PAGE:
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History of
     4Grand Avenue

Phoenix’s strange
  diagonal boulevard

The
   Angle

The Booming Fifties

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Bob Graham, Motley Design Group 

Grand Avenue fully matured during the postwar years. The economy was booming,

the mid-fifties to satisfy this demand. Many auto courts and homes were cleared to make way for these larger “motels” that were iconic of the period, with romantic, travel-inspired names: the Western Village, theBali Hi, the Egyptian, the Desert Sun, the Caravan Inn West.Other businesses were established and grew. Many homes were either converted to commercial use, or had commercial additions made to the front of the property.  This phenomenon was prompted by City policies that encouraged commercial redevelopment along the major streets, and is common in the older parts of Phoenix, where steep residential roofs can be seen rising behind flat commercial facades. 

As one example, in 1927 Julia Elders (McDonald), a divorcée, acquired and moved into the home of her parents, mining businessman Martin Elders and his wife Maria. True pioneers, the Elders family was in the Salt River Valley at least as early as 1872. They were one of the earliest to buy in to the University Addition and lived at 1020 Grand Avenue since 1909. Julia took in boarders to help support herself. In 1940, she built a three-unit commercial block in her front yard, and for many years thereafter lived in back and leased out the front to various businesses, such as the Arizona Gem Shop, the Y.P. Amusement Co. (phonograph sales), Beaver TV & Radio Co., and the Grand Avenue Beauty Salon. Mrs. Elders held the property in this way through 1979, just before her death at the age of about 96, which probably qualifies her and her parents as the longest tenured landowners in the history of the street. The property is currently in use as part of the La Melgosa art galleries. 

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 and as people took once again to their cars for vacation travel, they wanted better and more modern accommodations. So as most of the tourist courts faded away, a new generation of lodgings rose up in

Decline and Rebirth

By 1960, Grand Avenue was almost entirely commercial and profited mainly from the passing traffic from the highway and from commuters to downtown. Shadows loomed beginning with the planning of Interstate Highway 10 in 1957. When constructed, people would no longer need to travel through Phoenix on the surface streets of Van Buren and Grand to get through town; instead they could bypass the inner city entirely. Commuters from the west valley could also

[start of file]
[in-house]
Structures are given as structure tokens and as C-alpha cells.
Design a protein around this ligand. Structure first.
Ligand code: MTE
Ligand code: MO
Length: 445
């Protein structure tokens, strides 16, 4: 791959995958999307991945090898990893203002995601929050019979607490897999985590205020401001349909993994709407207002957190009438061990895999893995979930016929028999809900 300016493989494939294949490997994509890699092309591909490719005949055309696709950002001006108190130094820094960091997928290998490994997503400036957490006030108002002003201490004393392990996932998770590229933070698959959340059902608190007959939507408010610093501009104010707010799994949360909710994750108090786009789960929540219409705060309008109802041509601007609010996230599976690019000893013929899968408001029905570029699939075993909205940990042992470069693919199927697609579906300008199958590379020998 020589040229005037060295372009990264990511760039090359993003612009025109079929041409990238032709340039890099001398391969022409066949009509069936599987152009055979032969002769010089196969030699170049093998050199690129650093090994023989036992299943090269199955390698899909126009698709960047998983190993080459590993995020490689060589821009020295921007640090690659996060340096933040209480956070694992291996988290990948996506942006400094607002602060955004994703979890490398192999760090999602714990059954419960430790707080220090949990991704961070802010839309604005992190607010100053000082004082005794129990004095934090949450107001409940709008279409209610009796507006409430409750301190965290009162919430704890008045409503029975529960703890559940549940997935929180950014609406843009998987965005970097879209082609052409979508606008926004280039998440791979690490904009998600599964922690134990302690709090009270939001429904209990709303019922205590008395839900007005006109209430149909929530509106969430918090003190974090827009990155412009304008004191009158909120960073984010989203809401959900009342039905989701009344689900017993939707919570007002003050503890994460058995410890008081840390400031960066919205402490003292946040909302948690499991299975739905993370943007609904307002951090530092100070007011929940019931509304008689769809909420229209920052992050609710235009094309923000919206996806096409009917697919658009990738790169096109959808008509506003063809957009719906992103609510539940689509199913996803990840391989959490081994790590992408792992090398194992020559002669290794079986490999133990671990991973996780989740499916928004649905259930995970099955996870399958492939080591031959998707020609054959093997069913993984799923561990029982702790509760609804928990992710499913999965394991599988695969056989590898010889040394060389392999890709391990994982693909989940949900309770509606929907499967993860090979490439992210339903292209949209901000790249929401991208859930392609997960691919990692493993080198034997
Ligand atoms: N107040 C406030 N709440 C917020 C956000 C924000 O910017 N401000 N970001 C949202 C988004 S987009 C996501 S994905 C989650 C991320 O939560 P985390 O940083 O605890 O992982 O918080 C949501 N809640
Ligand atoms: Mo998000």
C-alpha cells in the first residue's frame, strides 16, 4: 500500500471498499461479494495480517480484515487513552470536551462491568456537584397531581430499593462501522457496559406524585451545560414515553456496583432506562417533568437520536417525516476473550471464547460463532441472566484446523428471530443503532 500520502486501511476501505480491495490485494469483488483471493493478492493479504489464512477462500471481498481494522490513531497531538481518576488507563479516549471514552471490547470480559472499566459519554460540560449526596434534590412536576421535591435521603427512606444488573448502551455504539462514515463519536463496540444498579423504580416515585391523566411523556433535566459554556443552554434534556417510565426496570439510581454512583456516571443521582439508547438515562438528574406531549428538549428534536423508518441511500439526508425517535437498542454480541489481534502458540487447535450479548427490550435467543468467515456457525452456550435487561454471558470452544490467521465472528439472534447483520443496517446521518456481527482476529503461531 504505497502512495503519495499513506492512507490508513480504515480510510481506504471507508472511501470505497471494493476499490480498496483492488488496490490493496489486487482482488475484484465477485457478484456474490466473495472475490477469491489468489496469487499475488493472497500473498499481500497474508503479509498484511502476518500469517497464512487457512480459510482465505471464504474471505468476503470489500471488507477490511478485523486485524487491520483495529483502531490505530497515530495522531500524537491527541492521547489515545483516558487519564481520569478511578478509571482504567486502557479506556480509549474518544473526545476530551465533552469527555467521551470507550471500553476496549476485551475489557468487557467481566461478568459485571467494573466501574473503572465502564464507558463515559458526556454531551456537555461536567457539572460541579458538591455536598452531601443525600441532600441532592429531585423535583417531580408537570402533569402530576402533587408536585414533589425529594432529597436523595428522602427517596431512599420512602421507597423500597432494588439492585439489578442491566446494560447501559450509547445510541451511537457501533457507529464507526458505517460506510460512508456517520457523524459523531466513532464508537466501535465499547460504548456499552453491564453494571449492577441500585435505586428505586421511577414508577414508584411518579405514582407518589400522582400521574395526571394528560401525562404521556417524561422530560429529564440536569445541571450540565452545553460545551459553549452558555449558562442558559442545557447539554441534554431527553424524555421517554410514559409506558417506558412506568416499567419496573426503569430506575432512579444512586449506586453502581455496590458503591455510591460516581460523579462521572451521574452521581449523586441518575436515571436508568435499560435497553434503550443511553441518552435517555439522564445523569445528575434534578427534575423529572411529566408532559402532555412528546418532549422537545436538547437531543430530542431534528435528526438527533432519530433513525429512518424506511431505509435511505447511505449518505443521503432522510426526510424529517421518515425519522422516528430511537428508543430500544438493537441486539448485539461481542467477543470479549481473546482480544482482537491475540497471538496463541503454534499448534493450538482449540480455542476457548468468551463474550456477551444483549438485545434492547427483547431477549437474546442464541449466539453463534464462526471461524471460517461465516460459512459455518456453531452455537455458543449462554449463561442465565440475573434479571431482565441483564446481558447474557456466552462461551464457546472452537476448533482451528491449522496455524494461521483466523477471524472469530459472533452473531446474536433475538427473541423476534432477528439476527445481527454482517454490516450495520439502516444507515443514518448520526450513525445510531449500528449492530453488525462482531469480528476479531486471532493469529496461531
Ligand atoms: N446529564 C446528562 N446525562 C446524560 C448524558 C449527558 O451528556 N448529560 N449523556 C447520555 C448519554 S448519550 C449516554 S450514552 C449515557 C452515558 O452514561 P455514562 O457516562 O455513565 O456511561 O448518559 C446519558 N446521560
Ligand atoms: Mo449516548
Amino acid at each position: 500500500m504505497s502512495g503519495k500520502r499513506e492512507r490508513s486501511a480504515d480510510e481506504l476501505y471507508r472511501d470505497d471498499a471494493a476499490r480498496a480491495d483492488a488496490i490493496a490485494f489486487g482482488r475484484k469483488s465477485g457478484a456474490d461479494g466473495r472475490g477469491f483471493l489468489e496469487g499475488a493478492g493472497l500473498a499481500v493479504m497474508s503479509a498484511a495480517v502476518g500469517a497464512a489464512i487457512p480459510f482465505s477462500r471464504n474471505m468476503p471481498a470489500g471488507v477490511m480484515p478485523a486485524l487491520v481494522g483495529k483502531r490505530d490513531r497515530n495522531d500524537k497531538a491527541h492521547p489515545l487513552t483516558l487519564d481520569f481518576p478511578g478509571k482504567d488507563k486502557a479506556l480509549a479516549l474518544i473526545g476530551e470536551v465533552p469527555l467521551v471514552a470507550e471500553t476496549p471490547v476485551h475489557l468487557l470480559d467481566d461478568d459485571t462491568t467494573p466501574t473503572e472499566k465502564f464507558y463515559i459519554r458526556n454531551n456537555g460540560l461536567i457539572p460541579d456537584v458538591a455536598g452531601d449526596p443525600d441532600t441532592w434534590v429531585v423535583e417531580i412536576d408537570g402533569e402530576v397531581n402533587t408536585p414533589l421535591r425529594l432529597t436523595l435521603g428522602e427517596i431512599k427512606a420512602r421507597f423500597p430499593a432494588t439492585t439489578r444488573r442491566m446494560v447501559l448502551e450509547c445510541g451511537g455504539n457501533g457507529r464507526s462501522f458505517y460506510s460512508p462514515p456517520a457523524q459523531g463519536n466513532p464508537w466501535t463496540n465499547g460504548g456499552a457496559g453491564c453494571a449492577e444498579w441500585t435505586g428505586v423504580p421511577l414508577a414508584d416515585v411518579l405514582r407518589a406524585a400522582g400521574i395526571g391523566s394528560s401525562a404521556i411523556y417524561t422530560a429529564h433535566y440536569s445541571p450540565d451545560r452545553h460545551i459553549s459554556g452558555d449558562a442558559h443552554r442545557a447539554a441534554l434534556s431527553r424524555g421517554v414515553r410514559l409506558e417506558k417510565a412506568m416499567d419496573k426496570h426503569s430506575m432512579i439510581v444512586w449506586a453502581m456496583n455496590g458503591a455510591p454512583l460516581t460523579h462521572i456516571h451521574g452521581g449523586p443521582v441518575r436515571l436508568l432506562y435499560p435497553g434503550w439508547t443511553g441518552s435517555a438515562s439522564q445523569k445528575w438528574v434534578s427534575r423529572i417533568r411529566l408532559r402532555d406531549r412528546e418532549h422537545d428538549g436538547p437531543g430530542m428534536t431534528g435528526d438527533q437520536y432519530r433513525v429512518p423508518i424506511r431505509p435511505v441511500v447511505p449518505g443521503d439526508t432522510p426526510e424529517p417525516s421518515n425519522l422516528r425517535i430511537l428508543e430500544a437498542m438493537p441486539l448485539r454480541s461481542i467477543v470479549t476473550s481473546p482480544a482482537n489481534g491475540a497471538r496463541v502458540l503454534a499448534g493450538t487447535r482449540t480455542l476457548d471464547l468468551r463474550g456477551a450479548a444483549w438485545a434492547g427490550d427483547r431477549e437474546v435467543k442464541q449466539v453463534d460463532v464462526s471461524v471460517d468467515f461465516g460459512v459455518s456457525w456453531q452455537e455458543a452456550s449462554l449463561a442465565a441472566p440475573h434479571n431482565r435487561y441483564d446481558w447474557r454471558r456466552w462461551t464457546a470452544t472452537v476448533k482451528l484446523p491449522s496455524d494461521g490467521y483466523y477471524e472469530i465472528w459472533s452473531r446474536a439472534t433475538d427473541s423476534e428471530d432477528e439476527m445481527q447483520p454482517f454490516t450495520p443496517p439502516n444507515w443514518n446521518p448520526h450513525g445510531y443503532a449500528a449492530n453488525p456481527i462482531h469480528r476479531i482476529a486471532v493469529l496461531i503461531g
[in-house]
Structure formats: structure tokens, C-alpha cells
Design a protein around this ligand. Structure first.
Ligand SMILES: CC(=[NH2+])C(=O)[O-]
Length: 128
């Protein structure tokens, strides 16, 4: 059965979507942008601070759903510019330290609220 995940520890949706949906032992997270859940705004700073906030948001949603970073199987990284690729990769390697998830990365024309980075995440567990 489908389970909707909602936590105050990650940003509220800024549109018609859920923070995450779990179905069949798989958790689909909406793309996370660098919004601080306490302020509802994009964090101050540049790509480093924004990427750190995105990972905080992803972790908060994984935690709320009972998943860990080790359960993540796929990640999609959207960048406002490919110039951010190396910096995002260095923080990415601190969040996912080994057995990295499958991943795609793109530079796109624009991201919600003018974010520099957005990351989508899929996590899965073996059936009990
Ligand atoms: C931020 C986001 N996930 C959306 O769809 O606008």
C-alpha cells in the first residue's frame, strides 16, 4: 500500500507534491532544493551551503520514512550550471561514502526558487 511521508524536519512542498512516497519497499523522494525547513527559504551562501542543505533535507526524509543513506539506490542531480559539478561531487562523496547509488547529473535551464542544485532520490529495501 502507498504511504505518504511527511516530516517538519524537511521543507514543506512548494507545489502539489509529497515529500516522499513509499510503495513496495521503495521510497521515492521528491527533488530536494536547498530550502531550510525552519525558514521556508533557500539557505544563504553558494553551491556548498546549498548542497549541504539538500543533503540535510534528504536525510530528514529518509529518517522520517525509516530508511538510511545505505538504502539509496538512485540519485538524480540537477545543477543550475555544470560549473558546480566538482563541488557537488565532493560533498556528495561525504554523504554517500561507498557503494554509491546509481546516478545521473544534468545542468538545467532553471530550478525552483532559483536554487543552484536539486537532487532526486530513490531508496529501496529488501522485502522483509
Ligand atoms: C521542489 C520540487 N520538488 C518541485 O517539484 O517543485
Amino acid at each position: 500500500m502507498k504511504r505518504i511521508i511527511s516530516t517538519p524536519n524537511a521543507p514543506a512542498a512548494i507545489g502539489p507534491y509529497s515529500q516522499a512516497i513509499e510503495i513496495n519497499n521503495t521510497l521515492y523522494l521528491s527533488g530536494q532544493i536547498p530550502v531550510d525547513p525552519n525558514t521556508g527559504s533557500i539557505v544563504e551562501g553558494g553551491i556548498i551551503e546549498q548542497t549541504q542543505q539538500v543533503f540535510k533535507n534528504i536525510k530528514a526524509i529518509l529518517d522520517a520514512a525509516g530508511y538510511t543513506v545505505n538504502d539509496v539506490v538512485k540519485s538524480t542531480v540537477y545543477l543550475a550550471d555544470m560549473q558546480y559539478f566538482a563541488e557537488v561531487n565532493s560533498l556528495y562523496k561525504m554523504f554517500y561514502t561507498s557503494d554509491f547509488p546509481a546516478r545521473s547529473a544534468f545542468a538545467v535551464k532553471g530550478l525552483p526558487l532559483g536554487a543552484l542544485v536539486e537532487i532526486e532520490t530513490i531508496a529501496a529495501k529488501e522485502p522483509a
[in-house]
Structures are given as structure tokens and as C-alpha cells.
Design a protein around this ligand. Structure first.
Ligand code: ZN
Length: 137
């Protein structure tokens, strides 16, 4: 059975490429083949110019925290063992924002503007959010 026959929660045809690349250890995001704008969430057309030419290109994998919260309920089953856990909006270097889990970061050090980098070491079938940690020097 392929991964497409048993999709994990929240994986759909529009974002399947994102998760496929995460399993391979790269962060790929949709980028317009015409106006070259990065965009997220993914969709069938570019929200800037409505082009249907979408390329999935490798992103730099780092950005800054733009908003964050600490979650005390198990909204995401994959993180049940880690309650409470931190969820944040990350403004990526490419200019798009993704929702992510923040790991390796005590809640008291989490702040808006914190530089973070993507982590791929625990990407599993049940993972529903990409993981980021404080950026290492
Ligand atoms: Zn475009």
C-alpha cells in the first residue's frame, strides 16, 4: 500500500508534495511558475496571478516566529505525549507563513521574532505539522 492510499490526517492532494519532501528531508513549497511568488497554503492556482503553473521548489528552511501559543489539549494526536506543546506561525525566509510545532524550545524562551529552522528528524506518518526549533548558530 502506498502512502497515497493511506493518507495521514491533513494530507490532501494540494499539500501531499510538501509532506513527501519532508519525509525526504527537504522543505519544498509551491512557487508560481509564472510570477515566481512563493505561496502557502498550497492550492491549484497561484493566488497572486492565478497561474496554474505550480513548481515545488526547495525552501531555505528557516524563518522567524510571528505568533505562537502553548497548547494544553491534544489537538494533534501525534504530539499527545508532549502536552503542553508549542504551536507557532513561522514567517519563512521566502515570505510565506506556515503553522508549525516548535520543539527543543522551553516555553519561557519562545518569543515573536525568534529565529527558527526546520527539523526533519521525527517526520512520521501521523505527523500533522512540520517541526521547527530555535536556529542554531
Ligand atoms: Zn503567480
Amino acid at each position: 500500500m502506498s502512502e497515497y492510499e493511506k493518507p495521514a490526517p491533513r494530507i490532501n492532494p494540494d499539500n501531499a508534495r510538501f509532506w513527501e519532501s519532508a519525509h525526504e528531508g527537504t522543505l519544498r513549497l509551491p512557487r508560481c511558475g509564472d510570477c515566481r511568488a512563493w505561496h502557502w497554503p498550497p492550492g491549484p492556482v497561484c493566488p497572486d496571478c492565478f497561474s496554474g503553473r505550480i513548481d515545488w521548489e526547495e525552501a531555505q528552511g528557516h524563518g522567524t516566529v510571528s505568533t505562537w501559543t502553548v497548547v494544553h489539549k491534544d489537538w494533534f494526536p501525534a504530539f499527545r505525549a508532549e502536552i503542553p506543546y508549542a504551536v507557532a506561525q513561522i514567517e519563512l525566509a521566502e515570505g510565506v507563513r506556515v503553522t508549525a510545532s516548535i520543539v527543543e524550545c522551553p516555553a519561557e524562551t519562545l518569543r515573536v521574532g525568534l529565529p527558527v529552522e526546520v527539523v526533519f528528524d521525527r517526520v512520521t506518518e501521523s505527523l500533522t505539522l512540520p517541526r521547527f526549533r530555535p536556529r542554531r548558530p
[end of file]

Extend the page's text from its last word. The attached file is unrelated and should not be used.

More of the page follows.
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A typical example of the repurposing building
that is 
revitalizing Historic Grand Avenue.

take the freeway and come downtown on 7th Avenue instead of along Grand. 

During the late 1970s and early 1980s the famed “Moreland Corridor” was cut through the heart of established downtown neighborhoods in order to create right-of way for the Interstate. Hundreds of historic buildings were demolished. At Grand Avenue, the freeway was elevated but still about a block of space was cleared on either side of the street north of Moreland, then containing mostly auto sales companies and a gas station. Traffic quickly declined through the 1980s as the new freeway was completed in stages from the west, and by 1990 traffic flowed freely on the Interstate carried high above Grand Avenue and through central Phoenix. 

Grand stagnated. The properties on the street as well as those in the adjacent neighborhoods aged and deteriorated. By the early 1990s, property values had declined significantly and the area became attractive for investment by urban pioneers – including artists and studio owners who had been gentrified out of the Warehouse District. 

Slowed only by the recession of 2007, Grand Avenue has come back together to form a cohesive neighborhood that embraces both the eclectic past and the artistic future. The Grand Avenue Members Association now acts as the voice of Historic Grand Avenue and is working to revitalize the area. The Grand Avenue Rail Project is working to reconstruct the streetcar line on Grand, partnering with the Phoenix Trolley Museum to explore the possibility of moving the museum there. The project could run the only known remaining original Phoenix streetcar on the Fairgrounds line once again. The group envisions eventually extending the line around downtown Phoenix. 

The City of Phoenix, too, has begun to support revitalization efforts led by the community. A recent grant from the EPA paid for planning of the Greening of Grand, a so-called “complete streets” initiative. In 2013 the City constructed the first phase of the plan, reducing the number of traffic lanes, adding bike lanes and street parking, and installing landscape planters and LED lighting. The local artists have decorated the planters with paint, mosaics, and sculpture. Passing traffic slows, and notices not only the bespoke and brightly colored planters, but also the varied and mysterious streetscape along the side of the road.